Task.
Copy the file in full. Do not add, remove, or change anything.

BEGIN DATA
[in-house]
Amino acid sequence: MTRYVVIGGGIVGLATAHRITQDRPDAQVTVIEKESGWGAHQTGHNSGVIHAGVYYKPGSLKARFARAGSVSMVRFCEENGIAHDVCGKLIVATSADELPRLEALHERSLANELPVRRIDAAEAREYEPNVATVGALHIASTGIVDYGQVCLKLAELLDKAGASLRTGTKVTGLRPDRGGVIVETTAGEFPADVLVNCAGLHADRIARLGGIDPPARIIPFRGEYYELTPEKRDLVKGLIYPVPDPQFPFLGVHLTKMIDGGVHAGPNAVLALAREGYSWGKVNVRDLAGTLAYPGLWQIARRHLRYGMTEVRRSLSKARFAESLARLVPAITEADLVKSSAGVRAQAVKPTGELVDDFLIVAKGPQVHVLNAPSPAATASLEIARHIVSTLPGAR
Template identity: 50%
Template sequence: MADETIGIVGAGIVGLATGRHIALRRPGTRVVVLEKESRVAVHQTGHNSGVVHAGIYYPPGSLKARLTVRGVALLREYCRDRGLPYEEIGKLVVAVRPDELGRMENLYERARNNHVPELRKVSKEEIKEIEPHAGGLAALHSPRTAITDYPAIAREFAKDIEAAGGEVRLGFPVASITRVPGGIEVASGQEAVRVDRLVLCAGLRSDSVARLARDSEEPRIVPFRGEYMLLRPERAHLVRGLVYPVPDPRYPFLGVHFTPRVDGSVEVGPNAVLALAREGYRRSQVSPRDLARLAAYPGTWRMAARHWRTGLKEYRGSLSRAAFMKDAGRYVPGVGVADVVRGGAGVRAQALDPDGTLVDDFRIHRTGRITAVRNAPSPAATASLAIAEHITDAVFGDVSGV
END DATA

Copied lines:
[in-house]
Amino acid sequence: MTRYVVIGGGIVGLATAHRITQDRPDAQVTVIEKESGWGAHQTGHNSGVIHAGVYYKPGSLKARFARAGSVSMVRFCEENGIAHDVCGKLIVATSADELPRLEALHERSLANELPVRRIDAAEAREYEPNVATVGALHIASTGIVDYGQVCLKLAELLDKAGASLRTGTKVTGLRPDRGGVIVETTAGEFPADVLVNCAGLHADRIARLGGIDPPARIIPFRGEYYELTPEKRDLVKGLIYPVPDPQFPFLGVHLTKMIDGGVHAGPNAVLALAREGYSWGKVNVRDLAGTLAYPGLWQIARRHLRYGMTEVRRSLSKARFAESLARLVPAITEADLVKSSAGVRAQAVKPTGELVDDFLIVAKGPQVHVLNAPSPAATASLEIARHIVSTLPGAR
Template identity: 50%
Template sequence: MADETIGIVGAGIVGLATGRHIALRRPGTRVVVLEKESRVAVHQTGHNSGVVHAGIYYPPGSLKARLTVRGVALLREYCRDRGLPYEEIGKLVVAVRPDELGRMENLYERARNNHVPELRKVSKEEIKEIEPHAGGLAALHSPRTAITDYPAIAREFAKDIEAAGGEVRLGFPVASITRVPGGIEVASGQEAVRVDRLVLCAGLRSDSVARLARDSEEPRIVPFRGEYMLLRPERAHLVRGLVYPVPDPRYPFLGVHFTPRVDGSVEVGPNAVLALAREGYRRSQVSPRDLARLAAYPGTWRMAARHWRTGLKEYRGSLSRAAFMKDAGRYVPGVGVADVVRGGAGVRAQALDPDGTLVDDFRIHRTGRITAVRNAPSPAATASLAIAEHITDAVFGDVSGV